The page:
Id be very wary of running a truly passive PC regardless of the large heatsink or other components. Something about zero airflow, or only convection, just doesn’t sit well with me, and it’s not just the CPU and I/O hub that need cooling…some airflow is good for the other components as well. I think the Asus board is awesome though (if quite overpriced, I’d pay about $100 for a standard Zacate board w/ USB 2.0 and maybe $130-140 for the Asus) but I’d want at least some kind of very low speed intake or exhaust fan on it.

            • NeelyCam
            • 9 years ago

            It all depends on the components you have. With integrated graphics, SSDs and very low power HDs, it’s fine – there aren’t any components that really heat up that much except the CPU, and those are designed to throttle if they heat up too much.. they’ll last a long while.

            Best part: if the CPU dies, I have a perfect reason to upgrade

          • NeelyCam
          • 9 years ago

          Sounds great.

          I did something similar with i5-670 (idles at 22W), and will repeat it again with i7-2600K in a couple of months. Mine wasn’t 100% silent; I got a 1.5TB WD Green in it.. But it spins off quickly, so most of the time that’s dead silent too.

          Fans are overrated

    • obarthelemy
    • 9 years ago

    Thanks and congrats for a very informative review. The sound quality and I/O perf tests, including I/O CPU usage, are especially relevant, and rarely done. Peaking at 20% CPU usage for I/O is a bit frightening ^^

    The price for those things seems high.
    – For a NAS box, Atom boards are much cheaper, and at least as well suited. Probably better supported by FreeNAS and linuxes.
    – For a desktop box, power usage is less of an issue, processing power more of one. I can get a mini-itx MB *PLUS* a CPU that’s a lot more powerful for about the same price
    – that leaves the HTPC or mixed use case. OK.

      • Palek
      • 9 years ago

      Yeah, I personally would not build an HTPC around a Zacate system. I want my HTPC to handle some light gaming (nothing cutting-edge, just racing games and FPSes from a few years back) at the native resolution of the TV, and Zacate definitely would fail this requirement.

      If the only requirement for a NAS box is file serving, the LinkStation and TeraStation boxes from Buffalo (Mitsubishi Electric subsidiary) do the job. I’m using one of these at home:

      [url<]http://www.buffalotech.com/products/network-storage/home-and-small-office/linkstation-duo-ls-wxlr1/[/url<] They won't beat a file server PC in performance, but they're cheap, compact and very simple to use. The model I use can be configured as RAID0 or RAID1. I get around 20MB/s write speeds over a Gigabit LAN connection. According to PR material from Buffalo these NAS boxes can produce 40MB/s read speeds but I haven't measured read performance yet (I use the box for backups, mostly). This particular model also has Active Directory support, DLNA server functionality, iTunes support, web access, bittorrent support, etc. If you are the adventurous type there's also a pretty dedicated hacking community for the LinkStations offering all kinds of custom firmware builds with extended features.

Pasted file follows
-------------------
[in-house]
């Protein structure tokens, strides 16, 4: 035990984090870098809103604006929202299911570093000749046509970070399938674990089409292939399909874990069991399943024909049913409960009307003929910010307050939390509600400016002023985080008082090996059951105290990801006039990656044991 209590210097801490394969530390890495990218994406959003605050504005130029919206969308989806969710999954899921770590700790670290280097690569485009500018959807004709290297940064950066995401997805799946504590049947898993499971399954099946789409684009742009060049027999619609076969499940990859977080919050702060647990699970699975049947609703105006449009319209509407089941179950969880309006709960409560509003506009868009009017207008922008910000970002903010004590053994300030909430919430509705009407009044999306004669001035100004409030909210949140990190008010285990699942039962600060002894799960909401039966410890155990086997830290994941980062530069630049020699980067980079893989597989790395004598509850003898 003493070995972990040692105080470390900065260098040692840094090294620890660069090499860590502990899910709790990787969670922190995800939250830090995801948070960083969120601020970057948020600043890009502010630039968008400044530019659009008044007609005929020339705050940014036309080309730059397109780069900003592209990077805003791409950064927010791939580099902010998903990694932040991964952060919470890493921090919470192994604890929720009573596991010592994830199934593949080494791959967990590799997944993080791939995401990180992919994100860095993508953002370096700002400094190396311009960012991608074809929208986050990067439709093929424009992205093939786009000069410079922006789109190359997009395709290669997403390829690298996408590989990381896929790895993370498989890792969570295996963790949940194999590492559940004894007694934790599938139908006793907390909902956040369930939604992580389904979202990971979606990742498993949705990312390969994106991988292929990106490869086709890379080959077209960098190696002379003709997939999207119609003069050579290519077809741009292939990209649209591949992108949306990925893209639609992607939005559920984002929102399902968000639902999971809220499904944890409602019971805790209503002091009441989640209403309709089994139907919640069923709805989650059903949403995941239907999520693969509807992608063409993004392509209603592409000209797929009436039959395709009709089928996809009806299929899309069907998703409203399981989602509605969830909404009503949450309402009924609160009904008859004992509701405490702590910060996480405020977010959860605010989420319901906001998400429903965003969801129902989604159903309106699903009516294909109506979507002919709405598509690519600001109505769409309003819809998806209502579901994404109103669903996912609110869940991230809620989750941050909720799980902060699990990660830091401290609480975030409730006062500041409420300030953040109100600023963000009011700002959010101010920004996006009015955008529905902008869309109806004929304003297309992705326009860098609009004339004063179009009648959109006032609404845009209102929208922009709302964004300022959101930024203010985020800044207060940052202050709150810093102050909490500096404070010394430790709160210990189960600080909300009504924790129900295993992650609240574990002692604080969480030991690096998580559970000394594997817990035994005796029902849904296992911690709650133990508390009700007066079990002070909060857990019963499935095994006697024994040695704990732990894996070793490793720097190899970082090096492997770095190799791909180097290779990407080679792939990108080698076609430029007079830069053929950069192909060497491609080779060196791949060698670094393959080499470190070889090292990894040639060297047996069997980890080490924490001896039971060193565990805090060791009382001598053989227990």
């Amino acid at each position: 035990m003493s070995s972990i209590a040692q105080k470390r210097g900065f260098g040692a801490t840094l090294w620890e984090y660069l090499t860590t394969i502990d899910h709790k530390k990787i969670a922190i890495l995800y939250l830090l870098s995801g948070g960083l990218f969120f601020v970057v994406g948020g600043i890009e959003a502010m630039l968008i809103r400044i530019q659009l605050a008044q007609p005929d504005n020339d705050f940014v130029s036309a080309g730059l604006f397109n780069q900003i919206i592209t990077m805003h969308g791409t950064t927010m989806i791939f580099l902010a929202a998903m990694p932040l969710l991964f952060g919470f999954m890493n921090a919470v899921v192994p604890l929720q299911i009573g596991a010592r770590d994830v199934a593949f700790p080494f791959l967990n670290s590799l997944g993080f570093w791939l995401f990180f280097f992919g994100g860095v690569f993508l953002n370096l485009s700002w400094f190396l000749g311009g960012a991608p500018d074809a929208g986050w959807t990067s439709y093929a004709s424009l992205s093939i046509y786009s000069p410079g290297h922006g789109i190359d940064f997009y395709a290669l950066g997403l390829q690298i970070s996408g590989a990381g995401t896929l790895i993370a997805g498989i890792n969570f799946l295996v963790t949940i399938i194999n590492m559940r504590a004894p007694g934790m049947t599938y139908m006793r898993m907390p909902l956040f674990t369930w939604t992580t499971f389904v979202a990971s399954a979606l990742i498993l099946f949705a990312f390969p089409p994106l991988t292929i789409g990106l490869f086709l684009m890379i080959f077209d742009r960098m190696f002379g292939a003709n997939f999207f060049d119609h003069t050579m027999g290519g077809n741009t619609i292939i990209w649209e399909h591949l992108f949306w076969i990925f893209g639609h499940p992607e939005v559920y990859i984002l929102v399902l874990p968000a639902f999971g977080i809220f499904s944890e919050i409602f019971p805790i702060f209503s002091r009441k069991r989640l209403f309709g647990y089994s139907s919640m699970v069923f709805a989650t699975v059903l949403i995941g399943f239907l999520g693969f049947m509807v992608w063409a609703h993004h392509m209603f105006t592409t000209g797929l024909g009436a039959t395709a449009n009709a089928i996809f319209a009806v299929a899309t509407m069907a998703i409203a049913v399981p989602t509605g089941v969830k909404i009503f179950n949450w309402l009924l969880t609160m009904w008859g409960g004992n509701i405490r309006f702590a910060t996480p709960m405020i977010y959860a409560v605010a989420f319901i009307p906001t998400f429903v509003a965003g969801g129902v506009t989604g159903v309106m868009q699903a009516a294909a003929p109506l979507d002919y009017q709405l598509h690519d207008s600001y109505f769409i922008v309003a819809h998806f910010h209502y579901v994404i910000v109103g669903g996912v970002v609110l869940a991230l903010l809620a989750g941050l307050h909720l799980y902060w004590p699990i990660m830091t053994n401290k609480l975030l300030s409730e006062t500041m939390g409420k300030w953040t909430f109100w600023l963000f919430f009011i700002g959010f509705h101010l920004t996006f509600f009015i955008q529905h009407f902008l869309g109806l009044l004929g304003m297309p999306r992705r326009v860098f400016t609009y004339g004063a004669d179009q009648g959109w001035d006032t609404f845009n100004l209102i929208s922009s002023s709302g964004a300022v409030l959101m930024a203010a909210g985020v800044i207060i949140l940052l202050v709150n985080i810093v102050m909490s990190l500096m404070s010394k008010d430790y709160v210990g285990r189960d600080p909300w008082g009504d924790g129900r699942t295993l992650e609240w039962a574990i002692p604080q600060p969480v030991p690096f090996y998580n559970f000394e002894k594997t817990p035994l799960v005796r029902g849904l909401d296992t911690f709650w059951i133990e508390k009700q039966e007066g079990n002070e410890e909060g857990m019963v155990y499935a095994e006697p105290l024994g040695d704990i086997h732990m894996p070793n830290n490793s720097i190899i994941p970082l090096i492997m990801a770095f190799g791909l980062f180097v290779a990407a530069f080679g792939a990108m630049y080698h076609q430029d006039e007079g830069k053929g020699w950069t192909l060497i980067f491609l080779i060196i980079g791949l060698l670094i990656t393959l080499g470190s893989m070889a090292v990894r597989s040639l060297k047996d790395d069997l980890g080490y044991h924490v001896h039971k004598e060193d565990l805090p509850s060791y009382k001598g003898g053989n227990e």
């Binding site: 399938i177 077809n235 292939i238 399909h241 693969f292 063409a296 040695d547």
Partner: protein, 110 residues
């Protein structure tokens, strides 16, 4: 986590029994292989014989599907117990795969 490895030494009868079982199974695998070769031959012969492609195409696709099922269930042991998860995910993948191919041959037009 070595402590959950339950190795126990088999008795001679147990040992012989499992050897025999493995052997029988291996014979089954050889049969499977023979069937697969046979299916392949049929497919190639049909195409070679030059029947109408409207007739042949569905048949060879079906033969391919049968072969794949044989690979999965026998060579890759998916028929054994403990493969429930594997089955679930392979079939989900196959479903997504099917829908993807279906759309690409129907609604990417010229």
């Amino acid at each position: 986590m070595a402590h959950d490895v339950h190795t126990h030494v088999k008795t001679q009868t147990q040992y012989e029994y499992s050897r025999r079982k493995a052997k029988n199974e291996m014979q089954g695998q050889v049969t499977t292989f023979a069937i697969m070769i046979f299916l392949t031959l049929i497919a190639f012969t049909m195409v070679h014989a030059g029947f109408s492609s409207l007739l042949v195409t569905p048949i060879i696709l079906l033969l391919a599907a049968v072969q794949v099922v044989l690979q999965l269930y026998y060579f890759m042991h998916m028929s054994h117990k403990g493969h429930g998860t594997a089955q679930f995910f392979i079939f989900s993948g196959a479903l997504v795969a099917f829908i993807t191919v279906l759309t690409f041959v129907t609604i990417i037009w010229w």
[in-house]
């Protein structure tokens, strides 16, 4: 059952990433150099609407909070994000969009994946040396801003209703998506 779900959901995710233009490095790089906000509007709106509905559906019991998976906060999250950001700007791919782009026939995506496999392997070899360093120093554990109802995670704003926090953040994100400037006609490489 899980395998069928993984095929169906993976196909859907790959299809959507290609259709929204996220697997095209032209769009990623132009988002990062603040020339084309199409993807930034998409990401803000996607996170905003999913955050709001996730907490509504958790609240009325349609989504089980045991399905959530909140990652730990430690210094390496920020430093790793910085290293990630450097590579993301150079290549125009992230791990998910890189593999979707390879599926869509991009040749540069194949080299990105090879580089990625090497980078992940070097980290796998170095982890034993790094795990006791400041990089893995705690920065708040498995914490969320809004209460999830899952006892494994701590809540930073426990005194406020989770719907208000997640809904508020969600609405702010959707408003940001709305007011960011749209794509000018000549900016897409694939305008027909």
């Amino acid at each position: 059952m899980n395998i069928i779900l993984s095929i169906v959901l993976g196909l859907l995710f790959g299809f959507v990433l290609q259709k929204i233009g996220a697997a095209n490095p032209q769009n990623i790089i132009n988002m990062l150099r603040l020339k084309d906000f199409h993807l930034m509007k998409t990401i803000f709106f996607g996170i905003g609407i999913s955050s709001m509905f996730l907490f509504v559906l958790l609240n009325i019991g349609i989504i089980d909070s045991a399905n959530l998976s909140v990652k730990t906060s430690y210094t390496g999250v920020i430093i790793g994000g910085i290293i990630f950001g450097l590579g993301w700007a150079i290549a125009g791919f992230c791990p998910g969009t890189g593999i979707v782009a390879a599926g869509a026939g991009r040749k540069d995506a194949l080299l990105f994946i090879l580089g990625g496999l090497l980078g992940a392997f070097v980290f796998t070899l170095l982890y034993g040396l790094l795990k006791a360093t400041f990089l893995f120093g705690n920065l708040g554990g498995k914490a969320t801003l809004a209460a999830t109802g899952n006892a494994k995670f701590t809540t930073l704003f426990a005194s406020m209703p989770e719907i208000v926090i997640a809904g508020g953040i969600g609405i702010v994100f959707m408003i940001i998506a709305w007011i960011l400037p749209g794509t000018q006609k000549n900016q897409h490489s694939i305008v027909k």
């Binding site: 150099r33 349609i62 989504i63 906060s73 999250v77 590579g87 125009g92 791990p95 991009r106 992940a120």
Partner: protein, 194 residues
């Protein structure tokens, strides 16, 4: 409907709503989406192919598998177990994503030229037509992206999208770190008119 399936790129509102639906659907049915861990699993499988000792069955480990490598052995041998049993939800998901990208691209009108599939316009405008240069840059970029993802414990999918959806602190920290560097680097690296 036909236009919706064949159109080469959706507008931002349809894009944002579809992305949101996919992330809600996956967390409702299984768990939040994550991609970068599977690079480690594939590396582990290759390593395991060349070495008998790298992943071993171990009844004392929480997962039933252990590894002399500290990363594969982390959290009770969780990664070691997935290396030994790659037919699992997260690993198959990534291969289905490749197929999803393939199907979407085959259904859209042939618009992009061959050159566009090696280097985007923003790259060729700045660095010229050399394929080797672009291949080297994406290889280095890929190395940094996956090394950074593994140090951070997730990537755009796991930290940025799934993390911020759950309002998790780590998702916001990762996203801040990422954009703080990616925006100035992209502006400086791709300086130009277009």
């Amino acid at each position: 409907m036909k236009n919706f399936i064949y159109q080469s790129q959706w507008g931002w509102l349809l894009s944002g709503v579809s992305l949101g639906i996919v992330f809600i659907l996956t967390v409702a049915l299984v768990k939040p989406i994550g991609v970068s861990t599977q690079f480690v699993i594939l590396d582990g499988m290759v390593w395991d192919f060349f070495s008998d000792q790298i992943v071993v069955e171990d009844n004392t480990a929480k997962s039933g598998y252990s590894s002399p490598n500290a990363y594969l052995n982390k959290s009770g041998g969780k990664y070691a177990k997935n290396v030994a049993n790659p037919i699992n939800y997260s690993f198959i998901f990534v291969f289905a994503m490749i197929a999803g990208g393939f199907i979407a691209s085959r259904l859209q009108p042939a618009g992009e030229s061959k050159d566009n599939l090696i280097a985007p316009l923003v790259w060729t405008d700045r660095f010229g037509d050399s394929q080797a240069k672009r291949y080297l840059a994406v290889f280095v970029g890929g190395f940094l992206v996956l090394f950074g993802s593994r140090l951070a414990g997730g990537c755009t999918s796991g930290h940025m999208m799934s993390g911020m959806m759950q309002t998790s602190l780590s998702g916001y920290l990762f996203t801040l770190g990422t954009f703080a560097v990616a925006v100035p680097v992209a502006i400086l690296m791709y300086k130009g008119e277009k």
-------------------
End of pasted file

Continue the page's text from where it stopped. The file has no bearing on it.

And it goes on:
• swaaye
    • 9 years ago

    What kind of power usage would this thing have on a pico PSU? 40-50W is still considerably more than one of those networkable external hard disks or a router with a USB port.

    I have a Buffalo WZR-HP-G300NH router with USB and have a 1TB drive attached. I loved the thought of using that 5W router as a NAS too. You know, it’s already always-on. I’ve been using it like this for almost a year now. The problem is that it can only move data at about 11MB/s because the CPU maxes out. It has a 400 MHz MIPS 24k inside.

    Is there such a thing as a NAS box built out of this low power ARM/MIPS hardware that can move data at gigabit speed?

    • flip-mode
    • 9 years ago

    Nice review, Geoff. I am really enjoying the coverage of the Zacate motherboards. The Tech Report is way, way out in front on this effort.

    Based on everything I’ve seen I would only consider the Asus or the Asrock, but the Asus would be out of the running if it absolutely had to be miniITX.

    That fact that most of these are not passive is kind of a bummer.

    I wish mobo makers would take advantage of ever bit of space available in the port cluster. Add another gig-e or add some more USB over top of the USB 3 ports on this Gigabyte board, for instance.

    Between the Gigabyte board and the ASrock board, I’m not so sure I think USB 3 is worth the $40 additional. Dunno, hard call. Again, I’d buy the Asus board rather than the Gigabyte board.

    • Xylker
    • 9 years ago